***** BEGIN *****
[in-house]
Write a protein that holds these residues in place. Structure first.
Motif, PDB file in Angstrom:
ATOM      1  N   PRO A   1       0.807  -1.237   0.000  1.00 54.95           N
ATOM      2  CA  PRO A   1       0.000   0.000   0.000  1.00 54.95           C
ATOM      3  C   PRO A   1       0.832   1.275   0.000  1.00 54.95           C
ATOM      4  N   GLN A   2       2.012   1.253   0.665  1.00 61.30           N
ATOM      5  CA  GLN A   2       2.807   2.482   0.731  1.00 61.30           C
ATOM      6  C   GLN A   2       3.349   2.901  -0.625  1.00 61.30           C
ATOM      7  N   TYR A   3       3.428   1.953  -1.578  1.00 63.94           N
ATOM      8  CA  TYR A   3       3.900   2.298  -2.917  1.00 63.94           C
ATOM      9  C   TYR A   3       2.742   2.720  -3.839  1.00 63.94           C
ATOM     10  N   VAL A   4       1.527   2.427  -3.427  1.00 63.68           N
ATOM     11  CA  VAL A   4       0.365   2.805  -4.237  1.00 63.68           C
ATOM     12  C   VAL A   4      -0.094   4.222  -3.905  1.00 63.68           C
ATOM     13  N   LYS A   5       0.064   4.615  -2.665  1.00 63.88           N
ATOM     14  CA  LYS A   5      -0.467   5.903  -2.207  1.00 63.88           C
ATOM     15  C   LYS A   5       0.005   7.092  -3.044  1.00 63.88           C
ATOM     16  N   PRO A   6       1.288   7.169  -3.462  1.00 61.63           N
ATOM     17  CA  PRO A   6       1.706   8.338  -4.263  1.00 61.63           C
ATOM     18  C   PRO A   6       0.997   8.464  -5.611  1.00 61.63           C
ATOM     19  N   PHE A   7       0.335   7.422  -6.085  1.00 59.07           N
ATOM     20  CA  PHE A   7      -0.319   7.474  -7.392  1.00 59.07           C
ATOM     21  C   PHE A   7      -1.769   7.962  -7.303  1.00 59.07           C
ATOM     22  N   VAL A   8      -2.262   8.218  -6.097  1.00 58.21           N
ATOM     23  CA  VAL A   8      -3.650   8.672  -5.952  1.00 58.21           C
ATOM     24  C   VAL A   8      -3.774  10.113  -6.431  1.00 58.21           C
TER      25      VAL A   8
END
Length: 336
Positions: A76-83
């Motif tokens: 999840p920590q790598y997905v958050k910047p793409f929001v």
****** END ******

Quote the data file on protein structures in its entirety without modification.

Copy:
[in-house]
Write a protein that holds these residues in place. Structure first.
Motif, PDB file in Angstrom:
ATOM      1  N   PRO A   1       0.807  -1.237   0.000  1.00 54.95           N
ATOM      2  CA  PRO A   1       0.000   0.000   0.000  1.00 54.95           C
ATOM      3  C   PRO A   1       0.832   1.275   0.000  1.00 54.95           C
ATOM      4  N   GLN A   2       2.012   1.253   0.665  1.00 61.30           N
ATOM      5  CA  GLN A   2       2.807   2.482   0.731  1.00 61.30           C
ATOM      6  C   GLN A   2       3.349   2.901  -0.625  1.00 61.30           C
ATOM      7  N   TYR A   3       3.428   1.953  -1.578  1.00 63.94           N
ATOM      8  CA  TYR A   3       3.900   2.298  -2.917  1.00 63.94           C
ATOM      9  C   TYR A   3       2.742   2.720  -3.839  1.00 63.94           C
ATOM     10  N   VAL A   4       1.527   2.427  -3.427  1.00 63.68           N
ATOM     11  CA  VAL A   4       0.365   2.805  -4.237  1.00 63.68           C
ATOM     12  C   VAL A   4      -0.094   4.222  -3.905  1.00 63.68           C
ATOM     13  N   LYS A   5       0.064   4.615  -2.665  1.00 63.88           N
ATOM     14  CA  LYS A   5      -0.467   5.903  -2.207  1.00 63.88           C
ATOM     15  C   LYS A   5       0.005   7.092  -3.044  1.00 63.88           C
ATOM     16  N   PRO A   6       1.288   7.169  -3.462  1.00 61.63           N
ATOM     17  CA  PRO A   6       1.706   8.338  -4.263  1.00 61.63           C
ATOM     18  C   PRO A   6       0.997   8.464  -5.611  1.00 61.63           C
ATOM     19  N   PHE A   7       0.335   7.422  -6.085  1.00 59.07           N
ATOM     20  CA  PHE A   7      -0.319   7.474  -7.392  1.00 59.07           C
ATOM     21  C   PHE A   7      -1.769   7.962  -7.303  1.00 59.07           C
ATOM     22  N   VAL A   8      -2.262   8.218  -6.097  1.00 58.21           N
ATOM     23  CA  VAL A   8      -3.650   8.672  -5.952  1.00 58.21           C
ATOM     24  C   VAL A   8      -3.774  10.113  -6.431  1.00 58.21           C
TER      25      VAL A   8
END
Length: 336
Positions: A76-83
């Motif tokens: 999840p920590q790598y997905v958050k910047p793409f929001v």